“I had never seen a 49-year-old, dark-skinned woman who is not a size 2 be a sexualised role in TV or film. I'm a sexual woman, but nothing in my career has ever identified me as a sexualised woman. I was the prototype of the ‘mommified’ role,” she told The Hollywood Reporter.
8/12 Liv Tyler
The Lord of the Rings actress said she only get cast in roles where she is treated as a “second class citizen” at the age of 38. “When you’re in your teens or twenties, there is an abundance of ingenue parts which are exciting to play. But at [my age], you’re usually the wife or the girlfriend - a sort of second-class citizen. There are more interesting roles for women when they get a bit older,” she told More magazine.
9/12 Cate Blanchett
The actress famously called out sexism on the red carpet at the 2014 Screen Actors Guild Awards. When a camera operator scanned her up and down, she said: “Do you do this to the guys?” In her Oscar acceptance speech for Blue Jasmine, she reminded the film industry that movies with leading women can still be successful. “And thank you to... those of us in the industry who are still foolishly clinging to the idea that female films, with women at the centre, are niche experiences. They are not -- audiences want to see them and, in fact, they earn money. The world is round, people.”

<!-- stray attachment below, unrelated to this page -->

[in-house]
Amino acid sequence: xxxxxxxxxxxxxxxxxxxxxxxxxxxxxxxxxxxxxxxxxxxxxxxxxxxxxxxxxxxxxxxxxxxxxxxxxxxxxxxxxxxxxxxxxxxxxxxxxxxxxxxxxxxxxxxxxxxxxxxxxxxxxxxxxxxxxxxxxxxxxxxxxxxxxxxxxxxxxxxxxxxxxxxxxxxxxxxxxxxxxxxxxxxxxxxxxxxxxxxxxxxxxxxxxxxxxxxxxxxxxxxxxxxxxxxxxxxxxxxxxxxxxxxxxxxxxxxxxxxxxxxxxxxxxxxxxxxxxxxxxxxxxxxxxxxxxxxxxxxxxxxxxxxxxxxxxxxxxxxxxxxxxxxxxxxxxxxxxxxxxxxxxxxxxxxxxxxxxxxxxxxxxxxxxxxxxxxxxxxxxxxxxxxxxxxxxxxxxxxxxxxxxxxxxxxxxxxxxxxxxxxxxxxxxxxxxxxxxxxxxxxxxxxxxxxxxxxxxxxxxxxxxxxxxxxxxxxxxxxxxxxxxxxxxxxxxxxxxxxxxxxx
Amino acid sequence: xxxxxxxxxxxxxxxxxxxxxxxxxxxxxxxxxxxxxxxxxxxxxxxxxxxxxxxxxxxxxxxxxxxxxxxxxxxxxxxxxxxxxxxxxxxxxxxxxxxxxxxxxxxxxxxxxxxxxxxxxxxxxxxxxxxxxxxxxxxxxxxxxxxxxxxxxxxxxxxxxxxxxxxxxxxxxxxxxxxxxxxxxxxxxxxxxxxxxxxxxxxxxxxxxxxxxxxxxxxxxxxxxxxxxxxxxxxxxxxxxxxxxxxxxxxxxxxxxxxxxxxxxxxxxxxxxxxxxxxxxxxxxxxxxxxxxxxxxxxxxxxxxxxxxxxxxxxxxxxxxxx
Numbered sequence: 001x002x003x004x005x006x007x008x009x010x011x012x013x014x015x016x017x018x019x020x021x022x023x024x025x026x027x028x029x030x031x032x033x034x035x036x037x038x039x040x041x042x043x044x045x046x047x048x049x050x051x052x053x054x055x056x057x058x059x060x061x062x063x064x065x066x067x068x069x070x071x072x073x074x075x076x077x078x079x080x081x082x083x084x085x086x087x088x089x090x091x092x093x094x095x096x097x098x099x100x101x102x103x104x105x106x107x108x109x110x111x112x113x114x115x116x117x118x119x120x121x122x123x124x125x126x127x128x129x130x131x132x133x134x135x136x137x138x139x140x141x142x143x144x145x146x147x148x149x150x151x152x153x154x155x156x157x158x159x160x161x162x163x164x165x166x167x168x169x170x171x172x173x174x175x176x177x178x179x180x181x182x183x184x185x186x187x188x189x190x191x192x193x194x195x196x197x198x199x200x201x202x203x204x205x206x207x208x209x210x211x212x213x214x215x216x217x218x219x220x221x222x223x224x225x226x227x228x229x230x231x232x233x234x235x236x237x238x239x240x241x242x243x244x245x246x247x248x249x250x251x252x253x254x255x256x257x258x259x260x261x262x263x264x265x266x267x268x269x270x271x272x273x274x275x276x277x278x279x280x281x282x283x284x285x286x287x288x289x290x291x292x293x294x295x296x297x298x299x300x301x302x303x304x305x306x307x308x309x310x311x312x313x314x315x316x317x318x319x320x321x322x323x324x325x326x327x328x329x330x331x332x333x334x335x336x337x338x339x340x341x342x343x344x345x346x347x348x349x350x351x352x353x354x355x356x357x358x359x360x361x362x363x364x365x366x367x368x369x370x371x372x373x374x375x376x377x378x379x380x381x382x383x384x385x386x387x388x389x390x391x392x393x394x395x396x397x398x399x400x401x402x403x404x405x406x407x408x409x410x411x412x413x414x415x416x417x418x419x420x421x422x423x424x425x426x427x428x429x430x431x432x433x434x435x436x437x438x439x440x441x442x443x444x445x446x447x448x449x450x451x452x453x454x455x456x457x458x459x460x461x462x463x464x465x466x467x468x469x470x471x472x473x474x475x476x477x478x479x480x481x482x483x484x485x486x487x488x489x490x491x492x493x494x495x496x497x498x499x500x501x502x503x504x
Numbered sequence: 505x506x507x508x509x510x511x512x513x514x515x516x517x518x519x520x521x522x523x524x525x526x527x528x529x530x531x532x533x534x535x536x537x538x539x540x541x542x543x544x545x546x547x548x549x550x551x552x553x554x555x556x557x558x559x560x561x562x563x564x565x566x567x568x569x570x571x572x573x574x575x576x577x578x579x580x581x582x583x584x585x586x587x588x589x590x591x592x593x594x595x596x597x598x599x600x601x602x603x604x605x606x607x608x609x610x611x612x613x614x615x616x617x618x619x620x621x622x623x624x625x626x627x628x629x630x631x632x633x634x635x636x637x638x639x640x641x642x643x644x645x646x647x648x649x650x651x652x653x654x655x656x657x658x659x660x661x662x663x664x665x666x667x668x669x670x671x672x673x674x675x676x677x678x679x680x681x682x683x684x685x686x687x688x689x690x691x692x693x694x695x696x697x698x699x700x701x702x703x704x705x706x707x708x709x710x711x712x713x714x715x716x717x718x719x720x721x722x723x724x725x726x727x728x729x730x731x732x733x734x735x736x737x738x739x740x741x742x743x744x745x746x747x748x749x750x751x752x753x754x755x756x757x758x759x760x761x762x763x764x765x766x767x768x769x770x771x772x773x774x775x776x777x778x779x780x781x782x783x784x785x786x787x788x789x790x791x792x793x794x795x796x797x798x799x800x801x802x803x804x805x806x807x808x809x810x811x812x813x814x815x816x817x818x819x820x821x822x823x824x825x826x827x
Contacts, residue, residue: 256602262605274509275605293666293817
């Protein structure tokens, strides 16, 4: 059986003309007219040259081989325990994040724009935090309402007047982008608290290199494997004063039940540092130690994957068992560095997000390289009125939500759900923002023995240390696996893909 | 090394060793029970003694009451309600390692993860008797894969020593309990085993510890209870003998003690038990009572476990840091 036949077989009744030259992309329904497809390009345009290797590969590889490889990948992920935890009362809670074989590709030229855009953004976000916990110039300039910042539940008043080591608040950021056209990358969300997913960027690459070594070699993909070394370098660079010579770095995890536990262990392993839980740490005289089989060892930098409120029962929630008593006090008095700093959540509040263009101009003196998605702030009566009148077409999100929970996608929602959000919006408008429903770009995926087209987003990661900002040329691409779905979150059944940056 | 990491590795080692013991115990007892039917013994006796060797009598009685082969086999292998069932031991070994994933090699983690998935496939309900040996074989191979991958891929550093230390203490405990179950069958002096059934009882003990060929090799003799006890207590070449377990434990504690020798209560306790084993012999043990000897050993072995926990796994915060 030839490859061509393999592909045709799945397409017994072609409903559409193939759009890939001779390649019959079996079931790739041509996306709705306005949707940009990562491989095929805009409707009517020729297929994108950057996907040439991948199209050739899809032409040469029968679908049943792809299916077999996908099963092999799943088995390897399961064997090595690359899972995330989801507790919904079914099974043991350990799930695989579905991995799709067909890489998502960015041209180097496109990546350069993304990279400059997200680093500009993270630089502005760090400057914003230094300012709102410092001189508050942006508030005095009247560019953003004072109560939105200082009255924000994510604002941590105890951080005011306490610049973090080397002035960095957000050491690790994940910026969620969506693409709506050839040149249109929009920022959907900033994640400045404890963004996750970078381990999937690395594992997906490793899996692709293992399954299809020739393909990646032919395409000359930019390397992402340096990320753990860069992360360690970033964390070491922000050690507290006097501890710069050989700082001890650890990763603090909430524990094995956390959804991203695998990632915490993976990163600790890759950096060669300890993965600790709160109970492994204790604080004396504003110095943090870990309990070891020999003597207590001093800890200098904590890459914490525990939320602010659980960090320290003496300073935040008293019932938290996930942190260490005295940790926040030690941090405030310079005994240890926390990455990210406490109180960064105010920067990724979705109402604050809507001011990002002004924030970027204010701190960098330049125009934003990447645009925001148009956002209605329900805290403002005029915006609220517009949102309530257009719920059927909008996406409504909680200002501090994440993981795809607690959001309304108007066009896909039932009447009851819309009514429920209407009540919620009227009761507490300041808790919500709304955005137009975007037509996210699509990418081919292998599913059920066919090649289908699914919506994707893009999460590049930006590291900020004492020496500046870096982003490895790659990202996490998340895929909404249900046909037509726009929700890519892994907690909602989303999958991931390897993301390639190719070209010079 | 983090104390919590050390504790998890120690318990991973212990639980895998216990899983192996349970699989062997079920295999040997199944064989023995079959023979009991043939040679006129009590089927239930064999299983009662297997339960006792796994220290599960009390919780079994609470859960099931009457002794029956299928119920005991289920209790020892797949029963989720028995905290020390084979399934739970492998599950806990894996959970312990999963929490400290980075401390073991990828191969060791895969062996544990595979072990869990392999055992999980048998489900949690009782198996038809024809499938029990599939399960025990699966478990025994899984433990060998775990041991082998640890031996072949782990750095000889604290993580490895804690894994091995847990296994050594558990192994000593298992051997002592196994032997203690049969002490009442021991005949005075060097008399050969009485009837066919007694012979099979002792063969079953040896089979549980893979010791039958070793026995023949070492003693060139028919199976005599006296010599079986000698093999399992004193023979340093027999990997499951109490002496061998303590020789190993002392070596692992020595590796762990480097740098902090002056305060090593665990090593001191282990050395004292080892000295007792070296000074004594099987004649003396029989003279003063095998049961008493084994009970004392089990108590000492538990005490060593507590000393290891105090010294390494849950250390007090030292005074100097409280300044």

10/12 Ellen Page
Asked if she had ever encountered sexism in Hollywood, Page told The Guardian: ‘Oh my God, yeah! It's constant! It's how you're treated, it's how you're looked at, how you're expected to look in a photoshoot, it's how you're expected to shut up and not have an opinion, it's how you... If you're a girl and you don't fit the very specific vision of what a girl should be, which is always from a man's perspective, then you're a little bit at a loss.”
11/12 Zoe Saldana
The actress says she refuses roles where she has to play the generic girlfriend, wife or sexy bombshell. "It's very hard being a woman in a man's world, and I recognised it was a man's world even when I was a kid. It's an inequality and injustice that drove me crazy, and which I always spoke out against — and I've always been outspoken,” she told Manhattan magazine.
12/12 Charlize Theron
The actress spoke to ELLE about negotiating equal pay for the Snow White and the Huntsman sequel: "This is a good time for us to bring this to a place of fairness, and girls need to know that being a feminist is a good thing. It doesn't mean that you hate men. It means equal rights. If you're doing the same job, you should be compensated and treated in the same way."
Andreas Rentz/Getty Images
"Mansplaining is maneuvering, tricks and suppression techniques designed to put women in their place and thereby consolidate or restore a privileged position.”
He said whether it was intentional, a form of "misguided benevolence", or just a habit, " the problem is basically that women are assumed to be less knowing, competent, important, or legitimate".
"It is obviously not the case that all men expose women to mansplaining all the time. It would be an absurd assertion that lacks reality. But enough women are exposed to enough mansplaining for it to be a problem that needs to be highlighted, discussed and solved."Reuse content